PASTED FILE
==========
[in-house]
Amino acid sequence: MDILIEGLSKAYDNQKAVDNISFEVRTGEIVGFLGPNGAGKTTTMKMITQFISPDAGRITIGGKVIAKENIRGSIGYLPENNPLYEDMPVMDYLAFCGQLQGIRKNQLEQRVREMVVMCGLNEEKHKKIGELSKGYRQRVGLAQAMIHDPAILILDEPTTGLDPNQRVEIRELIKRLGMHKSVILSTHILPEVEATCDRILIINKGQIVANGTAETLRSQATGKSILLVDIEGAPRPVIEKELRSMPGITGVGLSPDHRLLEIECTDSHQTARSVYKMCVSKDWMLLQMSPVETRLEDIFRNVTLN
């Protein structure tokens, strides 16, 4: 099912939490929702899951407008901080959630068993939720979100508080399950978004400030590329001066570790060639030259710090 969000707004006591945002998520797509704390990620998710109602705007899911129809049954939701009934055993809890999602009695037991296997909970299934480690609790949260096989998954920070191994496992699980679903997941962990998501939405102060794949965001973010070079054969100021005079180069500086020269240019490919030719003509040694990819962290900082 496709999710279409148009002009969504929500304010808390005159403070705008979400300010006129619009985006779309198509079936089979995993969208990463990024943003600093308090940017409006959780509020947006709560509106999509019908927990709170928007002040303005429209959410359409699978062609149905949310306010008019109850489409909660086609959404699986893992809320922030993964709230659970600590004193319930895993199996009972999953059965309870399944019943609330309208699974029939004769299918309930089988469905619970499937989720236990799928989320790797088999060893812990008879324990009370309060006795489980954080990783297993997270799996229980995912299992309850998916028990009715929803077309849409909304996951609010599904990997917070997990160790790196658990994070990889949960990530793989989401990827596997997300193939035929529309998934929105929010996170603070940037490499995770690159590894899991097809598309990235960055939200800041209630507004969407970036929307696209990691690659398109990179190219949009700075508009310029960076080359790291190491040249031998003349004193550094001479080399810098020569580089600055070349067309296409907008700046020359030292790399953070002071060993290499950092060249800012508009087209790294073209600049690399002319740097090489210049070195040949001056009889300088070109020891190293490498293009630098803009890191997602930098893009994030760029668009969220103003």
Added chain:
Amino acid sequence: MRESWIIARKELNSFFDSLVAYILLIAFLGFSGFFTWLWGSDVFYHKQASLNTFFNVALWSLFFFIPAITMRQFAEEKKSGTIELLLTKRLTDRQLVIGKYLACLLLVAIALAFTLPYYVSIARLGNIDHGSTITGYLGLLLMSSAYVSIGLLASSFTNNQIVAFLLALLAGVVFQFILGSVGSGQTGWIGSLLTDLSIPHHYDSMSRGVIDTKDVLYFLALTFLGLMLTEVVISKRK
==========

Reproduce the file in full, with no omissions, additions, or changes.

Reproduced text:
[in-house]
Amino acid sequence: MDILIEGLSKAYDNQKAVDNISFEVRTGEIVGFLGPNGAGKTTTMKMITQFISPDAGRITIGGKVIAKENIRGSIGYLPENNPLYEDMPVMDYLAFCGQLQGIRKNQLEQRVREMVVMCGLNEEKHKKIGELSKGYRQRVGLAQAMIHDPAILILDEPTTGLDPNQRVEIRELIKRLGMHKSVILSTHILPEVEATCDRILIINKGQIVANGTAETLRSQATGKSILLVDIEGAPRPVIEKELRSMPGITGVGLSPDHRLLEIECTDSHQTARSVYKMCVSKDWMLLQMSPVETRLEDIFRNVTLN
């Protein structure tokens, strides 16, 4: 099912939490929702899951407008901080959630068993939720979100508080399950978004400030590329001066570790060639030259710090 969000707004006591945002998520797509704390990620998710109602705007899911129809049954939701009934055993809890999602009695037991296997909970299934480690609790949260096989998954920070191994496992699980679903997941962990998501939405102060794949965001973010070079054969100021005079180069500086020269240019490919030719003509040694990819962290900082 496709999710279409148009002009969504929500304010808390005159403070705008979400300010006129619009985006779309198509079936089979995993969208990463990024943003600093308090940017409006959780509020947006709560509106999509019908927990709170928007002040303005429209959410359409699978062609149905949310306010008019109850489409909660086609959404699986893992809320922030993964709230659970600590004193319930895993199996009972999953059965309870399944019943609330309208699974029939004769299918309930089988469905619970499937989720236990799928989320790797088999060893812990008879324990009370309060006795489980954080990783297993997270799996229980995912299992309850998916028990009715929803077309849409909304996951609010599904990997917070997990160790790196658990994070990889949960990530793989989401990827596997997300193939035929529309998934929105929010996170603070940037490499995770690159590894899991097809598309990235960055939200800041209630507004969407970036929307696209990691690659398109990179190219949009700075508009310029960076080359790291190491040249031998003349004193550094001479080399810098020569580089600055070349067309296409907008700046020359030292790399953070002071060993290499950092060249800012508009087209790294073209600049690399002319740097090489210049070195040949001056009889300088070109020891190293490498293009630098803009890191997602930098893009994030760029668009969220103003």
Added chain:
Amino acid sequence: MRESWIIARKELNSFFDSLVAYILLIAFLGFSGFFTWLWGSDVFYHKQASLNTFFNVALWSLFFFIPAITMRQFAEEKKSGTIELLLTKRLTDRQLVIGKYLACLLLVAIALAFTLPYYVSIARLGNIDHGSTITGYLGLLLMSSAYVSIGLLASSFTNNQIVAFLLALLAGVVFQFILGSVGSGQTGWIGSLLTDLSIPHHYDSMSRGVIDTKDVLYFLALTFLGLMLTEVVISKRK